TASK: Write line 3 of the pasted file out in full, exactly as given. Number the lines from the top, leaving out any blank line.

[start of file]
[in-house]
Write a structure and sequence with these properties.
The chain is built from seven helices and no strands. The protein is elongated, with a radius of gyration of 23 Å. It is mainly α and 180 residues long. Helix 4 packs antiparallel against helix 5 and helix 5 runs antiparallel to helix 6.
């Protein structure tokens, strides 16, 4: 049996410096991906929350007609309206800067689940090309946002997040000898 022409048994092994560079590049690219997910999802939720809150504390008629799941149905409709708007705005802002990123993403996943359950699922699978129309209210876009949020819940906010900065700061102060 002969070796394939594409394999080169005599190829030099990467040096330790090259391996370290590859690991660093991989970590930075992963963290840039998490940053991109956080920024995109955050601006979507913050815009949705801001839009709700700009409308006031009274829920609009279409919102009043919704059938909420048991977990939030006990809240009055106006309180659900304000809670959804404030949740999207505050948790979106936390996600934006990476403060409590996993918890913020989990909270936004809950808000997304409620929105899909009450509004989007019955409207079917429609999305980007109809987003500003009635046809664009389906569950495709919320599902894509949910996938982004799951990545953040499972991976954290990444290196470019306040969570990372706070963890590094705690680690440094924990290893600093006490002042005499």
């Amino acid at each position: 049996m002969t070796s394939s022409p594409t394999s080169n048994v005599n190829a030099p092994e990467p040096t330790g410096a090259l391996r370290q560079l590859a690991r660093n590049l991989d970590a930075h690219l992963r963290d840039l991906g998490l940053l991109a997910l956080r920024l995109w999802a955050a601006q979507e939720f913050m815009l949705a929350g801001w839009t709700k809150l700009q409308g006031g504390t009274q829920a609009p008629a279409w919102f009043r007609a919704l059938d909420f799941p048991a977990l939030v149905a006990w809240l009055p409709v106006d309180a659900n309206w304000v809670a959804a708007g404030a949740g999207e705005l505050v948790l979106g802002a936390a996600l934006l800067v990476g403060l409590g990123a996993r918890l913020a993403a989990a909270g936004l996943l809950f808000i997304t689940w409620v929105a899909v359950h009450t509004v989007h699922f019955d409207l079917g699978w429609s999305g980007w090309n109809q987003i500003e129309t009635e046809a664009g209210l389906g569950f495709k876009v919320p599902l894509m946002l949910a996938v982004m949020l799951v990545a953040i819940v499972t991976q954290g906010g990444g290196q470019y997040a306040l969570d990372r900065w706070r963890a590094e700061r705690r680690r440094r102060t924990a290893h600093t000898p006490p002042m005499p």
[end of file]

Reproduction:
The chain is built from seven helices and no strands. The protein is elongated, with a radius of gyration of 23 Å. It is mainly α and 180 residues long. Helix 4 packs antiparallel against helix 5 and helix 5 runs antiparallel to helix 6.